Recent advances in stem cell research hold promise for the prevention and treatment of chronic debilitating diseases. Bone marrow stromal cells (BMSCs, also known as mesenchymal stem cells, MSCs) have been shown to differentiate into a variety of tissue cell types (5–10). A number of studies in pulmonary medicine have demonstrated that BMSC treatment can ameliorate bleomycin, monocrotaline, endotoxin, or lipopolysaccharide (LPS)-induced lung injury (9, 11–15). Mechanisms for this protection are not limited to tissue repair, such as engraftment and differentiation of BMSCs into specific lung cell types, but also include immunomodulation, the latter being associated with an increase in circulating levels of specific growth factors or lower levels of inflammatory cytokines (9, 11, 13–15). Collectively, these studies demonstrate inherent qualities of stem cells, such as the capacity to respond, migrate, and repair damaged tissue and to deliver protection by secretion of specific growth and immunoprotective factors. These properties make BMSC treatment a promising approach for protection from and repair of neonatal lung injury.
In the present study, we hypothesized that BMSCs could confer protection in a neonatal mouse model of BPD. The saccular and alveolar stages of lung development in the mouse occur around the time of birth with alveolarization starting on Postnatal Day 5 and continuing up to 3 to 4 weeks of age. The developmental stage of the mouse lung at birth overlaps with that in the human preterm neonate between 24 and 28 weeks' gestation, making the newborn mouse a good model to study human developmental lung injury. Indeed, hyperoxia-induced lung injury in neonatal mice is similar to BPD with rarification and simplification of alveoli, thickened alveolar septa, and right ventricular hypertrophy. We report here that intravenous delivery of BMSCs in newborn mice conferred significant vascular and immunological protection from hyperoxia-induced injury but had minimal effect in preserving alveolar architecture. Interestingly, concentrated BMSC-conditioned media (BMSC-CM) completely prevented both vascular and alveolar injury resulting in normal alveolar number and thin septa, comparable to normoxic controls. Our findings suggest that BMSCs have important cytoprotective effects in this mouse model of developmental lung injury mimicking BPD, via paracrine mechanisms involving the release of immunomodulatory and vasoprotective mediators.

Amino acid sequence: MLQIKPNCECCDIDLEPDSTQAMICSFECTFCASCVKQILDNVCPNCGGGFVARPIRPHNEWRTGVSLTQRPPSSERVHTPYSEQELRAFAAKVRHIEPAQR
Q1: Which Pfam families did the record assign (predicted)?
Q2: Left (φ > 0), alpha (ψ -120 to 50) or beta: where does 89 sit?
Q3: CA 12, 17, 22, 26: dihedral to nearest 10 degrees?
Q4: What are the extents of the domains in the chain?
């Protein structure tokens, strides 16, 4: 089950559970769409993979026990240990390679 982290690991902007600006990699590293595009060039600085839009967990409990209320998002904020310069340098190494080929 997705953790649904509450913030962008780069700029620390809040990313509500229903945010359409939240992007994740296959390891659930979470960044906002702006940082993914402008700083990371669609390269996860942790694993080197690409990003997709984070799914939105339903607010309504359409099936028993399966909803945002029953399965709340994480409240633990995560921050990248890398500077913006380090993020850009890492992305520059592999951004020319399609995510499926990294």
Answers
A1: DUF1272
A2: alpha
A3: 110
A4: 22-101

BMSCs were isolated from femurs and tibiae of 5- to 7-week-old FVB mice as described (16–18). Plastic adherent cells were grown in tissue culture, and at passage two to three immunodepletion was performed as per published protocols and the International Society for Cellular Therapy guidelines (19–21), as detailed in the online supplement. Cells were used for injection or for derivation of conditioned media between passages 7 through 10. The differentiation potential of BMSC cultures was assessed following published protocols (17, 18).
Timed pregnant FVB mice were either obtained from Charles River Laboratories (Wilmington, MA) or were raised in the Animal Facility at Children's Hospital Boston. Newborn pups from four different litters were subdivided into two groups and exposed to 75% O2 in a Plexiglas chamber (OxyCycler; BioSpherix, Redfield, NY) or 21% O2 within 24 hours of birth. Ventilation was adjusted to remove CO2 so that it did not exceed 5,000 ppm (0.5%) (average range 1,000–3,000 ppm). Ammonia was removed by ventilation and activated charcoal filtration through an air purifier. Dams were rotated from hyperoxia to room air every 24 to 48 hours to prevent excessive oxygen toxicity to the adult animals. Each litter consisted of fewer than 12 pups to control for the effect of litter size on nutrition and growth.